Storing electricity

Energy storage technologies can help the transition to the low-carbon economy when they become better aligned with generation and system availability. From a system perspective, energy storage works exactly like load shifting.

Energy storage technologies fall into two types: electricity output and thermal output and can be classified into short-term, long-term or distributed battery storage, based on the duration of storage until delivery of the power.

For a controlled supply of electricity, long-term applications which enable electricity to be stored for periods ranging from hours to seasons are the most valuable. The technology typically used for this purpose is pumped storage hydropower (PSH), which is also today’s most mature and widespread option. The IEA estimated in 2014 that 99% of electricity storage technologies were PSH, with at least 140 GW of PSH connected to the grid worldwide. Compressed air energy storage has also been used successfully in the United States and in Europe, but on a smaller scale.

Finally, electricity output technologies such as batteries are starting to offer an additional opportunity to store electricity and make it available when needed. Although battery technologies struggle to realise large-scale deployment due to a series of challenges ranging from energy density to passing through system costs by charging capabilities, to safety and recyclability, their usage is becoming increasingly relevant with the deployment of variable renewables such as wind and solar. New models of wind turbines now include a battery application that enables short-term storage. While previous systems would have relied on expensive farm-level battery storage installations, this new technology embeds the battery in the turbine system itself. This technology is associated with software applications that enable power producers and wind turbines to access real time data and provides predictable power for the short term.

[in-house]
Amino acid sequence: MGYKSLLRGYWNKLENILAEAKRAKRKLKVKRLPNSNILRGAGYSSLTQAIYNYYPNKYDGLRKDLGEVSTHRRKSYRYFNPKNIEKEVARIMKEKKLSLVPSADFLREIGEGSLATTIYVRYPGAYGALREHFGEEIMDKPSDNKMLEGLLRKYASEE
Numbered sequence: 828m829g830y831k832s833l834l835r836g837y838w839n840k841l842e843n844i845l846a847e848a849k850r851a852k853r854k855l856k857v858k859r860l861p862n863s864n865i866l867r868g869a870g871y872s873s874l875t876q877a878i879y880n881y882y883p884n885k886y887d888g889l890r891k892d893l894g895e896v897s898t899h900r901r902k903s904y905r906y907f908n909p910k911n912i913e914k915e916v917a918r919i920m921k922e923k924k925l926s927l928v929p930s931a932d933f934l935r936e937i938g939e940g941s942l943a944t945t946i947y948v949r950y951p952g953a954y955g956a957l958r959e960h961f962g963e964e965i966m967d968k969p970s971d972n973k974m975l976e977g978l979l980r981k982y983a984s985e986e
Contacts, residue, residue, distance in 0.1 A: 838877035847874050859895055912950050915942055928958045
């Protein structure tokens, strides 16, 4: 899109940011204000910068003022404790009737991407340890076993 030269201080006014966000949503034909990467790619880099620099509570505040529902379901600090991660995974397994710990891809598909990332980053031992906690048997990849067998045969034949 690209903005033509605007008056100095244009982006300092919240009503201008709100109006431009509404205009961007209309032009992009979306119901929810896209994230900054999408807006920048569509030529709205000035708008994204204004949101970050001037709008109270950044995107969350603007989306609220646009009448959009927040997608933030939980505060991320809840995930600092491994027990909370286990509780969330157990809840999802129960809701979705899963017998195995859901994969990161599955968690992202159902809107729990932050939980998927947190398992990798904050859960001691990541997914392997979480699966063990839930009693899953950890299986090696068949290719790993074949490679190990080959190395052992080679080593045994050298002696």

Some challenges nevertheless lie ahead for the large-scale deployment of energy storage technologies, starting with the relatively high cost of implementation, for which a form of reliable cost recovery mechanisms needs to be put in place (see Energy Technology Perspectives). Since energy storage can serve multiple purposes, large-scale deployment of these tehcnologies will require changes to the current market structure.

For more information, download the IEA publication Technology Roadmap: Energy Storage.